On My Bookshelf: Big Magic by Elizabeth Gilbert
If the title doesn’t tip you off, Elizabeth Gilbert’s theories about creativity and ideas are a bit woo-woo. Sometimes, seriously woo-woo. But most of her new book Big Magic is an easy-to-read take from somebody who is serious about her dedication to writing, and who sees creativity as a guiding life force rather than as something that could or should drive you to self-destruction.
A recurring theme in Big Magic is the tremendous success of Gilbert’s Eat Pray Love, which, as she repeatedly reminds us, was a huge bestseller, and should be particularly interesting for those who fear success as much as failure. Her discipline and commitment to the act of writing—before EPL when nobody bought her books, and then after, when people told her she’d already peaked—make for inspiring reading.
According to Gilbert, everyone who read EPL either loved or hated it. (I read EPL when it first came out, thought it was good not great, and never understood the tremendous reaction it has received.) If you were in the like/love camp, you’ll probably enjoy this one too. And if you haven’t read many books about the creative process, this is not a bad place to begin.
One takeaway of particular interest to freelance writers who fear that their ideas may be stolen by editors is Gilbert’s explanation of how multiple discovery happens in the scientific world:
How can two people who have never heard of each other’s work both arrive at the same scientific conclusions at the same historical moment? Yet it happens more often than you might imagine. When the nineteenth-century Hungarian mathematician János Bolyai invented non-Euclidean geometry, his father urged him to publish his findings immediately, before someone else landed on the same idea, saying, “When the time is ripe for certain things, they appear at different places, in the manner of violets coming to light in early spring.”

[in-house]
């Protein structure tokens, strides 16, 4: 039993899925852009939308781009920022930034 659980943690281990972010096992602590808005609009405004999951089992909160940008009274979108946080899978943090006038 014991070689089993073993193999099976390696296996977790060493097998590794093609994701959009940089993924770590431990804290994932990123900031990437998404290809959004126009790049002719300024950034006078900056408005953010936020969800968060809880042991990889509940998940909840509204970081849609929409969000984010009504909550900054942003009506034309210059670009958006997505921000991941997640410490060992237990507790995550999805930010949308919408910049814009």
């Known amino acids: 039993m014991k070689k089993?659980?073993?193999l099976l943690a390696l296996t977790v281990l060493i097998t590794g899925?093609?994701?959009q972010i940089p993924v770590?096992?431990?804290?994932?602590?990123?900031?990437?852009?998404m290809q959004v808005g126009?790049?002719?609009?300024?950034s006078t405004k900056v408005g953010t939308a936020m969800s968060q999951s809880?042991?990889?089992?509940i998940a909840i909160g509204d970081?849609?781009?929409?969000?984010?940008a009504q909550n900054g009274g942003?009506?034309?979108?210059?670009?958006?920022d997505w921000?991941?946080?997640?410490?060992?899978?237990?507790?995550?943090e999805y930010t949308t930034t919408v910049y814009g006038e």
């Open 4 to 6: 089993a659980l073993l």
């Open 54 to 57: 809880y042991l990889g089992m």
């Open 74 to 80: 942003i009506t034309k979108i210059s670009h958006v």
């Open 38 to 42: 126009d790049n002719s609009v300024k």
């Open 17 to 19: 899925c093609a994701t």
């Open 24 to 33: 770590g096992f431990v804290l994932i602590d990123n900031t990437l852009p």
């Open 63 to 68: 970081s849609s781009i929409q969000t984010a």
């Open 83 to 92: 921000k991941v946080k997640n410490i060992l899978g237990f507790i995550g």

In more than a decade of pitching ideas, I’ve never thought that an editor took a story idea that I proposed and reassigned it to someone else. I have heard a number of complaints from writers that this happens to them, though it usually seems to be something along the lines of, “I pitched a profile of a celebrity with a new project coming out and didn’t follow up and now 6 months later they’ve gone and done my story.”
A few unscrupulous (or possibly genuinely clueless) editors are indeed out there, but in most cases, writers come up with ideas that are very similar to one another. For example: “I’ll write my impressions of a #1 bestseller on my blog.” Timely, but not the most original idea.